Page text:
The Lie Behind the Lie Detector
by George W. Maschke and Gino J. Scalabrini

Carl Bussjaeger

The Lie Behind the Lie Detector is not a new book, but it is an important one these days, as the American police state jells. If you're foolish enough to want a significant job in government, there's a fair chance you'll be required to take a polygraph examination. Heck, these days, a lot of the classified ads for private sector jobs mention this as a requirement. Private companies are relying on polygraphy to investigate workplace thefts.

And Jefferson save you if you get caught up in a feddie "terrorist" sweep.

Get this book, and get ready.

TLBTLD is compromised of four general sections. The first, On the Validity of Polygraphy, describes the weird science and abuse of statistics used to justify this form of snooping. Stripped to basics, polygraphy is the art of an examiner making a purely subjective correlation between what he suspects to be lies with a set of physical measurements.

Section two, On Polygraph Policy discusses assorted laws and regulations concerning polygraphy. It gives some interesting case history and examples. One such example involved a news team testing four separate polygraph examiners by hiring each to test four employees "suspected" of a theft. Each examiner was told that one employee in particular was the prime suspect (and each examiner was given a different suspect. Not too surprisingly, each examiner successfully determined through his testing that his assigned "prime suspect" did in fact commit the crime.

The crime that never happened. If you happen to believe in polygraphy, this section should set you straight.

And if not, the Polygraphy Exposed section will. Referring to training materials and document from the fed's own Polygraphy Institute, the authors detail the more common types of "tests" and the tactics used to intimidate subjects. These tactics include deliberate detailed lies and trickery to convince the subject of the accuracy of the test. You need to know these things to understand how best to protect yourself from a dishonest polygraph examiner.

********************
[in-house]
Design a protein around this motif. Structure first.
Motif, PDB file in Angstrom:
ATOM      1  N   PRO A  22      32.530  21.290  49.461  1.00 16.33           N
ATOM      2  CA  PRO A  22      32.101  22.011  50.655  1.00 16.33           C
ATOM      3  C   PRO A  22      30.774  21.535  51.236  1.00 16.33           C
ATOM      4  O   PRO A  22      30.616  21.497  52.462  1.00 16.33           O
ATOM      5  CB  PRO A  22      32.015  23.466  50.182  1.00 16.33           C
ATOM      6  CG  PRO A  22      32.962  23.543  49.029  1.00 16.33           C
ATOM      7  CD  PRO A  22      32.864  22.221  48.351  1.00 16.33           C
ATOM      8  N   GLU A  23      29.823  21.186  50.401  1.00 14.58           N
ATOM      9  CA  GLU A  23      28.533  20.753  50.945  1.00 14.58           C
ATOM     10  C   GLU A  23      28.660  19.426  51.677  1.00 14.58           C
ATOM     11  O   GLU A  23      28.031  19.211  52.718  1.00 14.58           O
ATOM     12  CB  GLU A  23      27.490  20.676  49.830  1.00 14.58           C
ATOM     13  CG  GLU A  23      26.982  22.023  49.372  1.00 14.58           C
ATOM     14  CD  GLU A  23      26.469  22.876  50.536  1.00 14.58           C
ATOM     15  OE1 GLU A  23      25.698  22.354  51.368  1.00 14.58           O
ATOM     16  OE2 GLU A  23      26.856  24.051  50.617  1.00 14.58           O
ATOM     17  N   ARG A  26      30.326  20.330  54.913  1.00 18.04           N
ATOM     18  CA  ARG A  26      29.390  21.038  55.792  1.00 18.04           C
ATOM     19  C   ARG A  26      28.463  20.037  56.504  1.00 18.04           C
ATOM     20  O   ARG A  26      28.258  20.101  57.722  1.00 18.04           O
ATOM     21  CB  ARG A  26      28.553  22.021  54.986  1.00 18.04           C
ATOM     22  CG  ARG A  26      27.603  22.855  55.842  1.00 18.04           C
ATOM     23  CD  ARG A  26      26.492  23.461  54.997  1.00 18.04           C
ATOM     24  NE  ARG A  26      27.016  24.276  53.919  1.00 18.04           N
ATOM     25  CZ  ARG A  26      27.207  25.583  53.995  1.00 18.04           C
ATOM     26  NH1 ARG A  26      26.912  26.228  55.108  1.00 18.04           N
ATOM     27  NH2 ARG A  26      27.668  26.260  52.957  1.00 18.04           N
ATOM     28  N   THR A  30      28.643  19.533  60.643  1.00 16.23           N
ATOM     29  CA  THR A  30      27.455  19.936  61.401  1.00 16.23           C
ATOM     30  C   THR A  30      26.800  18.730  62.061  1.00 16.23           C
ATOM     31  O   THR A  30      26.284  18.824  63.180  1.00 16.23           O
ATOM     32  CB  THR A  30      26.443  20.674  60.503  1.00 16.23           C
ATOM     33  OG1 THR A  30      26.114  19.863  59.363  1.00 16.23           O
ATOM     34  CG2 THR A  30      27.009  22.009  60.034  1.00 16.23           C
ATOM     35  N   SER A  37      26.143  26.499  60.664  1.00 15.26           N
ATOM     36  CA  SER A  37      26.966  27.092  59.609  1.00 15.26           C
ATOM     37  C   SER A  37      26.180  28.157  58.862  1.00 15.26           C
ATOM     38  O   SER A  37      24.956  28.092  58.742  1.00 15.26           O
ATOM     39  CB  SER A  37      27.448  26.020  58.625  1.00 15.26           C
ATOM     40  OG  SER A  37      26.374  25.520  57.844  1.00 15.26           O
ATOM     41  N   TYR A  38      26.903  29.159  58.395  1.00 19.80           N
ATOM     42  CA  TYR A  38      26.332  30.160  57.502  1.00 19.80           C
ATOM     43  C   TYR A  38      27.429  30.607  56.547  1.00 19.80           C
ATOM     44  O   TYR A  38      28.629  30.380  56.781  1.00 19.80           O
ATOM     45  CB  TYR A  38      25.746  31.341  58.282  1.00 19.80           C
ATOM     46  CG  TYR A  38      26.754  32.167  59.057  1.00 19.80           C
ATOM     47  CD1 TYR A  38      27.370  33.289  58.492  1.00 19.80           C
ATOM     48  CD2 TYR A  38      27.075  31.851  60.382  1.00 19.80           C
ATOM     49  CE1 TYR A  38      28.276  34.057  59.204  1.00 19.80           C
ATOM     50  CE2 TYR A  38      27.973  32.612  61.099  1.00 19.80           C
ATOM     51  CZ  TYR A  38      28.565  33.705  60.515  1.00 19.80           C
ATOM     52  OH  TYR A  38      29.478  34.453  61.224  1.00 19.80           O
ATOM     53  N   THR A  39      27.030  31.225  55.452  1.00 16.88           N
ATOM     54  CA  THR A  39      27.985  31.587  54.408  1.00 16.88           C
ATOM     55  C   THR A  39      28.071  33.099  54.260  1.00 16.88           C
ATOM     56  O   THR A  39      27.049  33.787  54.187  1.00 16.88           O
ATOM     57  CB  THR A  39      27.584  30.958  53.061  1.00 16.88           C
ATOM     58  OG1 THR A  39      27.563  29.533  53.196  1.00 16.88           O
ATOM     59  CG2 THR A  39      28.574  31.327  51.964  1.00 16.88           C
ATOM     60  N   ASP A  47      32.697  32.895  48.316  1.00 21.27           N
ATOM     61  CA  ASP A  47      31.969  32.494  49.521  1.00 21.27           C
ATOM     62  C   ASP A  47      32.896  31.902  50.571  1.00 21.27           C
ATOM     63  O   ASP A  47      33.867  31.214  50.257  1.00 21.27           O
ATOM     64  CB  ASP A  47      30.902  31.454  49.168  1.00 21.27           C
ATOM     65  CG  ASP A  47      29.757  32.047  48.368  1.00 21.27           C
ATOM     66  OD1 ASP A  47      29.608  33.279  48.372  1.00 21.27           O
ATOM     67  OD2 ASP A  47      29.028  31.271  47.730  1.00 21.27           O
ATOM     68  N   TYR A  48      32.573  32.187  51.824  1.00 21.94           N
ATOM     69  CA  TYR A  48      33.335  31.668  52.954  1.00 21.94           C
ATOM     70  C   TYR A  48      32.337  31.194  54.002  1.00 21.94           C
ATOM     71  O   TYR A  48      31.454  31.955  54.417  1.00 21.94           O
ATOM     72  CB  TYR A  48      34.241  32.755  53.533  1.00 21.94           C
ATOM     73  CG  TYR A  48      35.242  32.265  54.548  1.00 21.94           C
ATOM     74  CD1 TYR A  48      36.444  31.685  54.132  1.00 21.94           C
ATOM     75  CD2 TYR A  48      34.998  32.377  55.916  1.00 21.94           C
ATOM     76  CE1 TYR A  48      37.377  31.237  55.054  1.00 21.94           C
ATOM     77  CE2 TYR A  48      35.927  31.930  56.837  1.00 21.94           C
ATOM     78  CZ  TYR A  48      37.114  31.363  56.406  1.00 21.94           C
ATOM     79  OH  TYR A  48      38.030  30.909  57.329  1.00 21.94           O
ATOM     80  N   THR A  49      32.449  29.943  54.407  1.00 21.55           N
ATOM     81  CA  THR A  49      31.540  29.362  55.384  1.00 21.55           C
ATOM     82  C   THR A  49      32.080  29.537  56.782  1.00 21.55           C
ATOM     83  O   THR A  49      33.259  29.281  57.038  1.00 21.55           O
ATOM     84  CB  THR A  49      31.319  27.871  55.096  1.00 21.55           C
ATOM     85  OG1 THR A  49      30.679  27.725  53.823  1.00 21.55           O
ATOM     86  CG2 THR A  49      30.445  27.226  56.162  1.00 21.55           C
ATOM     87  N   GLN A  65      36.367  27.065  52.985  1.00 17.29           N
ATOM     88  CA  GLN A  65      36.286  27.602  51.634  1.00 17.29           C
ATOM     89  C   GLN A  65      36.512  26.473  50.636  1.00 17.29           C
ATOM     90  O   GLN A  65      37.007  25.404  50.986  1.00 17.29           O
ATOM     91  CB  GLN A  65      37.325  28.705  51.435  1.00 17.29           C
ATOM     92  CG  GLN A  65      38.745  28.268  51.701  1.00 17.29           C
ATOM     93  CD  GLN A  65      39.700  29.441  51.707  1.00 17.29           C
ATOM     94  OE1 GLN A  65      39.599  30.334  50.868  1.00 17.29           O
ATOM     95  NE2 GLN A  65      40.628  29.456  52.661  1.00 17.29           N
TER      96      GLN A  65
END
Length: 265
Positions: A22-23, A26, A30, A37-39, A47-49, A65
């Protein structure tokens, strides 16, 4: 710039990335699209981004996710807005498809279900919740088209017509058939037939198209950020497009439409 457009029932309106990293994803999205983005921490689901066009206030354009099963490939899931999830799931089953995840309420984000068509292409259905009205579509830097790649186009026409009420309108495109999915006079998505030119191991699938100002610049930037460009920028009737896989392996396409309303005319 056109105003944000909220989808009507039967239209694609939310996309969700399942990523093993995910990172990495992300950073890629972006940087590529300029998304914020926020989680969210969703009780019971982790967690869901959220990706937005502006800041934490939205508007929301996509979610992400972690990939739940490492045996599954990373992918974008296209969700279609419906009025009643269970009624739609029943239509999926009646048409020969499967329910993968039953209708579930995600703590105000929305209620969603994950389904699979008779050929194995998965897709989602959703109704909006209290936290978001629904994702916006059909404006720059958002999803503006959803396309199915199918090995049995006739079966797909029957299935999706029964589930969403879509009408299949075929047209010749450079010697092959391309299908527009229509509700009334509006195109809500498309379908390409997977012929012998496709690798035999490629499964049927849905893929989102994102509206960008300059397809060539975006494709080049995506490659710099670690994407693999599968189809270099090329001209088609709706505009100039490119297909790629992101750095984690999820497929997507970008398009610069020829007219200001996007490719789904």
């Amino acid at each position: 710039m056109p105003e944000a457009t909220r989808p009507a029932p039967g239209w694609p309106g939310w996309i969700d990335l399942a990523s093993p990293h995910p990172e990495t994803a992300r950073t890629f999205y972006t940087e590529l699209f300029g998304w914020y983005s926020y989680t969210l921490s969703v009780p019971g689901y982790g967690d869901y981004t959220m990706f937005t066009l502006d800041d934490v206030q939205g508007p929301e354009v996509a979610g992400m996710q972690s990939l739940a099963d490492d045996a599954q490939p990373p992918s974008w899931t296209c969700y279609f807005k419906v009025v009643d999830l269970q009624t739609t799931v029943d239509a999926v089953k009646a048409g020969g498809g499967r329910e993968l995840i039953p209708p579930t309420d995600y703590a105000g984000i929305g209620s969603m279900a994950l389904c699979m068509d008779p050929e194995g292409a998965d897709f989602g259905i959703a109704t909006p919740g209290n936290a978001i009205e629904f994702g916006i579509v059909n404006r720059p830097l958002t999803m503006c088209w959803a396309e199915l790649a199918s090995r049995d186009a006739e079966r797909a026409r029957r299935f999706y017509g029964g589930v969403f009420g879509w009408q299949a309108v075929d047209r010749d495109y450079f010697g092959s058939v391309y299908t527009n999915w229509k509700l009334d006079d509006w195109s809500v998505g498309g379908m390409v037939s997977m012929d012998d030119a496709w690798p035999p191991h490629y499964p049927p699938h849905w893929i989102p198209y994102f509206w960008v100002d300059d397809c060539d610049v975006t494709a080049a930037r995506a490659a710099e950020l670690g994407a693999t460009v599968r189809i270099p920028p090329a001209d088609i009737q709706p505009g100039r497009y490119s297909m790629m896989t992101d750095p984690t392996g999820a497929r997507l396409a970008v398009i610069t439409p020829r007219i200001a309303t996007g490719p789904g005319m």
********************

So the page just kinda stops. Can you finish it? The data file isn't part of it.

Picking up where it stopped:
But the final section, Polygraph Countermeasures, is the meat of the book in which you'll be most interested. This how to beat a lie detector test, and the authors break it down into three categories:

  1. Just Say No - Refuse to take a lie detector test at all.
  2. Complete Honesty - Tell the examiner that you already understand the techniques and limitations of polygraphy.
  3. Polygraph Countermeasures: How to Pass a Polygraph "Test" - The last resort; how to beat an unavoidable test.

I haven't had occasion to try out the countermeasures while wired up to a lie detector, but my informed layman's knowledge of physiology and psychology suggests that they are valid and workable. And many of the recommendations are useful in any stressful interview - or interrogation- not just those involving bio-monitoring. The authors also explain things you should not attempt.

The remainder of the book is appendices: forms, addresses, bibliography, and such useful info.

And there's no good excuse not to get this book. It's free, and you can download it any time at the website. It's a PDF file (Adobe Acrobat required), and less than 800KB in size.

But get it now: At least one feddie polygraphic weasel is demanding that that this book be banned.

The Lie Behind the Lie Detector
2nd Edition
by George W. Maschke and Gino J. Scalabrini
Published by
PDF (Adobe Acrobat required)


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